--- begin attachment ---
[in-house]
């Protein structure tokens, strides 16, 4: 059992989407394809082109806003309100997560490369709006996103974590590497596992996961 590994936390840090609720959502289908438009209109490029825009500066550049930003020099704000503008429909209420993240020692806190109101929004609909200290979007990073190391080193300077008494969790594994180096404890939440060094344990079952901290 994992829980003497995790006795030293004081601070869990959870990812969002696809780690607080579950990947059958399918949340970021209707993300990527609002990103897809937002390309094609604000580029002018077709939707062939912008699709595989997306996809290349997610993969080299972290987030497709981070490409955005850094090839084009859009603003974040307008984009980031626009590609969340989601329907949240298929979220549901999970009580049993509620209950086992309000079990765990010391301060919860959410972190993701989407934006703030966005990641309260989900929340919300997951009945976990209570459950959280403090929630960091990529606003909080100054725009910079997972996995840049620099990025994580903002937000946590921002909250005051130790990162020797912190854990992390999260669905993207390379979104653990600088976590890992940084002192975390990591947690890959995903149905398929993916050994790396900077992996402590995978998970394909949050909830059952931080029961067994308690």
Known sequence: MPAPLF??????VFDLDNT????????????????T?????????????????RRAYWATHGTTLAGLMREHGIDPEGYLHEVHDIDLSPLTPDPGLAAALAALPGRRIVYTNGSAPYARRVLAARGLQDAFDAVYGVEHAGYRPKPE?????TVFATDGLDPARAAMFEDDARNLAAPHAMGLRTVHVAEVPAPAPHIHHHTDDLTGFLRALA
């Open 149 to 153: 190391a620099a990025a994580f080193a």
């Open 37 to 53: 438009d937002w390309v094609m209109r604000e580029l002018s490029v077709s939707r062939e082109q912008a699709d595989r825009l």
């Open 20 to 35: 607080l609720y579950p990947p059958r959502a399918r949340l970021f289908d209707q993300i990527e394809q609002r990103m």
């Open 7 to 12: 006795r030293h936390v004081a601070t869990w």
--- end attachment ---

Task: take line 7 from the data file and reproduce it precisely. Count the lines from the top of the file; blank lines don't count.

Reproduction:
């Open 7 to 12: 006795r030293h936390v004081a601070t869990w």